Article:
NUCLEAR: Environmental groups rethink power source, sort of

Darren Samuelsohn, ClimateWire senior reporter

Facing what some say is the nation's most serious environmental challenge -- the man-made emissions that are accelerating climate change -- environmental groups have been slow to change their long-held opposition to nuclear power. While nuclear is currently the biggest source of electricity that does not emit greenhouse gases, many environmental leaders remain unimpressed.

What is looming this year is a variation of a legislative push that splintered environmental groups three years ago on Senate global warming legislation. When the bill's sponsors included hundreds of millions of dollars in subsidies to help with the construction of three new nuclear power plants, many environmental groups switched to the opposition and helped defeat it.

But two of the largest groups, the National Wildlife Federation and Environmental Defense Fund, bucked their movement's long-held anti-nuclear dogma and supported the bill with the nuclear incentives. They explained their shift by saying it was more important to see Senate action on a significant piece of climate legislation than to see no action.

By contrast, most of their colleagues challenged the bill, which was introduced by Sens. John McCain (R-Ariz.) and Joe Lieberman (I-Conn.). And when the Senate floor vote came, the Sierra Club, U.S. PIRG and other green groups had convinced four Democratic senators to vote against the climate bill because of where it went on nuclear power.

In a recent interview, former Lieberman aide Tim Profeta said the pro-nuclear subsidies nearly caused an even larger number of his boss' supporters to abandon the bill. "It could have been much more," he recalled.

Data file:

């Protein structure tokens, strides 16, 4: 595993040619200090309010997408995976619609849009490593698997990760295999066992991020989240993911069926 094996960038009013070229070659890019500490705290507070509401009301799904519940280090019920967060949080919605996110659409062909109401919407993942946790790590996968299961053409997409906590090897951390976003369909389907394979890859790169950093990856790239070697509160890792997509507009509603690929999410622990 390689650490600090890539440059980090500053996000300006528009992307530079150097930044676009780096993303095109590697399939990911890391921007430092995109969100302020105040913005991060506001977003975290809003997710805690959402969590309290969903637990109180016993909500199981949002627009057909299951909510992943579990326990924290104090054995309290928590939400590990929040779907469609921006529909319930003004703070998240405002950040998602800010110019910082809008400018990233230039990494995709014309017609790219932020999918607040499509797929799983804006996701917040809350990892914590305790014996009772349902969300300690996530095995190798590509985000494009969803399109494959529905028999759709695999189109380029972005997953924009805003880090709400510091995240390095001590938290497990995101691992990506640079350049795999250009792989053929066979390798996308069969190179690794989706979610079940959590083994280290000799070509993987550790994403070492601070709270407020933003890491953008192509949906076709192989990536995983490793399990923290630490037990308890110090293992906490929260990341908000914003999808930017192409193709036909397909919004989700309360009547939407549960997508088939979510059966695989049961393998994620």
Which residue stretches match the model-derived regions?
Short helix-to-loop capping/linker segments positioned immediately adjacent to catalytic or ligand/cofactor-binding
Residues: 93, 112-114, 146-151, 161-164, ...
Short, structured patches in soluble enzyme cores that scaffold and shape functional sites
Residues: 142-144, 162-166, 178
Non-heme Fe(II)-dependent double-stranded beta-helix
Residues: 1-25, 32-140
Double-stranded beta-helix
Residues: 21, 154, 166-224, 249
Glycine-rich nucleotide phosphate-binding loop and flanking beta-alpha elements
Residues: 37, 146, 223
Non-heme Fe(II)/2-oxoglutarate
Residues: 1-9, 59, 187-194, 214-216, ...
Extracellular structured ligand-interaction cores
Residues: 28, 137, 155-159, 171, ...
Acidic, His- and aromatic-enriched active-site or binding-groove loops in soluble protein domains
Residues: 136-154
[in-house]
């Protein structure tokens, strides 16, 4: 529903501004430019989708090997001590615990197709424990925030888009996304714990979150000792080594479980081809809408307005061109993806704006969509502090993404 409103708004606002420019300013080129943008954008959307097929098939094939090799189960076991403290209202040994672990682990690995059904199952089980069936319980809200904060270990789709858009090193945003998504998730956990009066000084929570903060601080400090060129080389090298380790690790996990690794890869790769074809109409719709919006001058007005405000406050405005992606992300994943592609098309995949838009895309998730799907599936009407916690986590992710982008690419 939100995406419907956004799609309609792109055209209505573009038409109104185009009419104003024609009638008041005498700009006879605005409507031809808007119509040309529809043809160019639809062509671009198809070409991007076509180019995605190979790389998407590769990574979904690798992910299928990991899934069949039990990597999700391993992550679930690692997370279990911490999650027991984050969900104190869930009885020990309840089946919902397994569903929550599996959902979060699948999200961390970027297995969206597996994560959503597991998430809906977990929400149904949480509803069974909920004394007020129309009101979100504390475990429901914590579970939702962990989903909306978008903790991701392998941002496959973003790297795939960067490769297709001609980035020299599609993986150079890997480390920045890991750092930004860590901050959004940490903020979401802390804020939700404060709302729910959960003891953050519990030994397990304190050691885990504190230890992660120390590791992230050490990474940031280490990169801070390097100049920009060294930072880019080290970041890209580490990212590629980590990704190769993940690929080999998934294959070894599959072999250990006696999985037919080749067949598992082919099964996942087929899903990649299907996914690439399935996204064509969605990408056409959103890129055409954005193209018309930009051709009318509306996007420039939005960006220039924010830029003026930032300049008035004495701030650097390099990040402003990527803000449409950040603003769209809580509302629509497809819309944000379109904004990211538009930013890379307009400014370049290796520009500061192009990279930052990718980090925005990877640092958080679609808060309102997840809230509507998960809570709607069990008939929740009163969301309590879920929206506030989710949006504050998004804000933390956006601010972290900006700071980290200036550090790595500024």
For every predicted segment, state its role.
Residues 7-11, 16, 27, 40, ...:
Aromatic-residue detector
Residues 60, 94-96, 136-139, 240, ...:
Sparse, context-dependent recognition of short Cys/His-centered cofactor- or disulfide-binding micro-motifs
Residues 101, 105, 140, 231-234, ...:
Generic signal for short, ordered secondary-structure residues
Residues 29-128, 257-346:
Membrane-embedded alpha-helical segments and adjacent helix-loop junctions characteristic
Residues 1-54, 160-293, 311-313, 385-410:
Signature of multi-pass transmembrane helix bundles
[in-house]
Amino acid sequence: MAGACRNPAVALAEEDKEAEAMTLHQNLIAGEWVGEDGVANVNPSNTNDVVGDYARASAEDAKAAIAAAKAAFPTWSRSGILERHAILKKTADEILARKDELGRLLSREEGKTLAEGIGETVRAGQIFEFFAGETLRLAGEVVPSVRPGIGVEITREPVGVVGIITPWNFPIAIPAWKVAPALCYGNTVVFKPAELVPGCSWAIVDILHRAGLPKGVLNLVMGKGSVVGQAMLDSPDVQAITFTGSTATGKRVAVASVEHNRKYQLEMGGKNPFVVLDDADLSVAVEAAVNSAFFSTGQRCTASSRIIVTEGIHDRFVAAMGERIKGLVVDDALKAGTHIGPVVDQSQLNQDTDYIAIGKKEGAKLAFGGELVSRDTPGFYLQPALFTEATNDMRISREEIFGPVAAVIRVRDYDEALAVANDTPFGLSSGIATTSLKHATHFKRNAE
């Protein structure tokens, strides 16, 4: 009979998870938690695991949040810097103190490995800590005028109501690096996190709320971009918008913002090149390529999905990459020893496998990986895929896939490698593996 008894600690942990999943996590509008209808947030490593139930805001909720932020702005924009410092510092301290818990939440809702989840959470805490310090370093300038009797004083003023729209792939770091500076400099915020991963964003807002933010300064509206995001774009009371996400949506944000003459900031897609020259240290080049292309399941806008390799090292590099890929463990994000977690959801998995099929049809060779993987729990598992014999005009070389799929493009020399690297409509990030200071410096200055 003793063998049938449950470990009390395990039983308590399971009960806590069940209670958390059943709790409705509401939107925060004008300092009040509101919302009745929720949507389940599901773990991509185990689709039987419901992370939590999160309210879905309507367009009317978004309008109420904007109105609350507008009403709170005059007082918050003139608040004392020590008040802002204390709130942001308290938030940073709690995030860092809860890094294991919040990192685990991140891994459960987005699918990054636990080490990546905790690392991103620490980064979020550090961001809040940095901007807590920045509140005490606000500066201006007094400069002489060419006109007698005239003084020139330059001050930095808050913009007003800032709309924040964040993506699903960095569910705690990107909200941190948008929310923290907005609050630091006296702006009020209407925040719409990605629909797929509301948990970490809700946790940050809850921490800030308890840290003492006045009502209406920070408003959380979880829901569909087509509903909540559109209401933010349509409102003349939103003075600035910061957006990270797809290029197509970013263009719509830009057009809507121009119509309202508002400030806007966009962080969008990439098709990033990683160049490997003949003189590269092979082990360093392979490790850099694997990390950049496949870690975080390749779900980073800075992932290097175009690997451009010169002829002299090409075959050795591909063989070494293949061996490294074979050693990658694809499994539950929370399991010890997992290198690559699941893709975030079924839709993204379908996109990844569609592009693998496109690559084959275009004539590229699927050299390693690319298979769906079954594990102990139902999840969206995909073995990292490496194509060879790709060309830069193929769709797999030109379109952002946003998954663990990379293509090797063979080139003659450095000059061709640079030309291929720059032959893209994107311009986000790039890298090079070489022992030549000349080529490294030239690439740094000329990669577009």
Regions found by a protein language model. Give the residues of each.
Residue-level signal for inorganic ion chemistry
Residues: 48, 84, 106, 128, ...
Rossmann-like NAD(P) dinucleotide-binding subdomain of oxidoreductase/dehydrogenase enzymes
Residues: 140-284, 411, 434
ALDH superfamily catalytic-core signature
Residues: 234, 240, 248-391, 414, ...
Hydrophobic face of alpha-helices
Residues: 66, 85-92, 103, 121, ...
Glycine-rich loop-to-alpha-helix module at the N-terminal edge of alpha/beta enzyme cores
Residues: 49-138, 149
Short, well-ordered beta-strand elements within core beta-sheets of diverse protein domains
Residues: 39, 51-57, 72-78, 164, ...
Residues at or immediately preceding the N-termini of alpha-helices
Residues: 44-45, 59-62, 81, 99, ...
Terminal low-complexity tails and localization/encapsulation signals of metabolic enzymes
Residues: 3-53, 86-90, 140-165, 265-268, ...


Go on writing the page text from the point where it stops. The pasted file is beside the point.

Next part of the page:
Fast forward to 2008: Environmental groups and their allies again face a dilemma about how to address the nuclear industry within a Senate bill from Lieberman and Sen. John Warner (R-Va.).

Carl Pope, executive director of the Sierra Club, said the nation's biggest green groups are united this time. They are against giving the nuclear industry any big breaks.

"There's no substantial split on what this bill should say," Pope said. "We opposed the final version of McCain-Lieberman because it had excessive subsidies. There were some groups who supported it. But there are no groups saying that should be imported back into this bill."

"That was then," Pope added. "And now is now."
'Nuclear has to be on the table'

Environmental groups have spent decades campaigning against nuclear power and against a permanent solution to storage of nuclear wastes. It is an organizational issue, one that has helped many of them raise money and fatten their membership lists.

Patrick Moore, a founder of Greenpeace who now works with the nuclear industry's Nuclear Energy Institute, said Pope's group is beginning to rethink its previous anti-nuke stand. "We know there's an internal discussion in the Sierra Club, right up to the top, as to how they should deal with this issue."

Josh Dorner, a spokesman for the Sierra Club, said that is "patently untrue." Sierra's "membership and leadership remain as opposed to nuclear energy as ever. Nuclear energy remains completely unaffordable without billions in subsidies from the taxpayers every year," he added.

Still, facing the challenge of climate change, leaders of some of the country's biggest groups are slowly making a rhetorical shift away from an absolute "no" on nukes.

"Given the size of the problem, nuclear has to be on the table," asserted Tony Kreindler, a spokesman at Environmental Defense Fund. "You can't take it off the table."

Environmental advocates like Kreindler acknowledge that carbon limits will, in themselves, be a benefit for nuclear power. They see that, in some ways, as a handy defense tactic that can be used to counter the argument of nuclear industry officials who are seeking more legislative incentives.